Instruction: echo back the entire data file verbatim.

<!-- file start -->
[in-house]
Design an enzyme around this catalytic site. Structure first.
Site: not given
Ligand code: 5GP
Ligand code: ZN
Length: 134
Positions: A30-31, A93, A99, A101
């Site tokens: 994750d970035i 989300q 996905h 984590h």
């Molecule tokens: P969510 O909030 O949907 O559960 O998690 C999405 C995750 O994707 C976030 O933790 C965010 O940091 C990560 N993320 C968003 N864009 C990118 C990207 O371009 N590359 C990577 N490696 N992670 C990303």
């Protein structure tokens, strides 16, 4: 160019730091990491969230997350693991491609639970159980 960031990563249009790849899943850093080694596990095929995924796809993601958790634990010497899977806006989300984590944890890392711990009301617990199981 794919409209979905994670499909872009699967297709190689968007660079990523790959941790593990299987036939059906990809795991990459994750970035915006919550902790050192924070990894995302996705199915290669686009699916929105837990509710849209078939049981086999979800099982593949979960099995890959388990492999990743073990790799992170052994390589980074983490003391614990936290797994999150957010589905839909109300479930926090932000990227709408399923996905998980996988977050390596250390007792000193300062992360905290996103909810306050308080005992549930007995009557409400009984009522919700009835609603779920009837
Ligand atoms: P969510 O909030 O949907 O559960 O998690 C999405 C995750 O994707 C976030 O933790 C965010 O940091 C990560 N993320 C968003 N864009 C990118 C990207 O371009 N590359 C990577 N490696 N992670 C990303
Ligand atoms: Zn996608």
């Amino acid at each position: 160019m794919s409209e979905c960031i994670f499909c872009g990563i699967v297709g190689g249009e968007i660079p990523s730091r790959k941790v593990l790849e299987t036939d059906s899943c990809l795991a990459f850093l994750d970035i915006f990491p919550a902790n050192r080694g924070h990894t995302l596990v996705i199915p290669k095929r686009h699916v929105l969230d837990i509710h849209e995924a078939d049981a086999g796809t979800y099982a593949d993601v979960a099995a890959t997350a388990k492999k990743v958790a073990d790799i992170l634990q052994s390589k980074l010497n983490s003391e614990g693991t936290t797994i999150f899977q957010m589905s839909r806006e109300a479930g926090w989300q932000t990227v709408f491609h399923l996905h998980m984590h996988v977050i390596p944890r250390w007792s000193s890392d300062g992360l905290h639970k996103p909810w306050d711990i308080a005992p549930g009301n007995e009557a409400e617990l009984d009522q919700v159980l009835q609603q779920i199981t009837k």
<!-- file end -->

[in-house]
Design an enzyme around this catalytic site. Structure first.
Site: not given
Ligand code: 5GP
Ligand code: ZN
Length: 134
Positions: A30-31, A93, A99, A101
């Site tokens: 994750d970035i 989300q 996905h 984590h």
């Molecule tokens: P969510 O909030 O949907 O559960 O998690 C999405 C995750 O994707 C976030 O933790 C965010 O940091 C990560 N993320 C968003 N864009 C990118 C990207 O371009 N590359 C990577 N490696 N992670 C990303």
């Protein structure tokens, strides 16, 4: 160019730091990491969230997350693991491609639970159980 960031990563249009790849899943850093080694596990095929995924796809993601958790634990010497899977806006989300984590944890890392711990009301617990199981 794919409209979905994670499909872009699967297709190689968007660079990523790959941790593990299987036939059906990809795991990459994750970035915006919550902790050192924070990894995302996705199915290669686009699916929105837990509710849209078939049981086999979800099982593949979960099995890959388990492999990743073990790799992170052994390589980074983490003391614990936290797994999150957010589905839909109300479930926090932000990227709408399923996905998980996988977050390596250390007792000193300062992360905290996103909810306050308080005992549930007995009557409400009984009522919700009835609603779920009837
Ligand atoms: P969510 O909030 O949907 O559960 O998690 C999405 C995750 O994707 C976030 O933790 C965010 O940091 C990560 N993320 C968003 N864009 C990118 C990207 O371009 N590359 C990577 N490696 N992670 C990303
Ligand atoms: Zn996608």
């Amino acid at each position: 160019m794919s409209e979905c960031i994670f499909c872009g990563i699967v297709g190689g249009e968007i660079p990523s730091r790959k941790v593990l790849e299987t036939d059906s899943c990809l795991a990459f850093l994750d970035i915006f990491p919550a902790n050192r080694g924070h990894t995302l596990v996705i199915p290669k095929r686009h699916v929105l969230d837990i509710h849209e995924a078939d049981a086999g796809t979800y099982a593949d993601v979960a099995a890959t997350a388990k492999k990743v958790a073990d790799i992170l634990q052994s390589k980074l010497n983490s003391e614990g693991t936290t797994i999150f899977q957010m589905s839909r806006e109300a479930g926090w989300q932000t990227v709408f491609h399923l996905h998980m984590h996988v977050i390596p944890r250390w007792s000193s890392d300062g992360l905290h639970k996103p909810w306050d711990i308080a005992p549930g009301n007995e009557a409400e617990l009984d009522q919700v159980l009835q609603q779920i199981t009837k």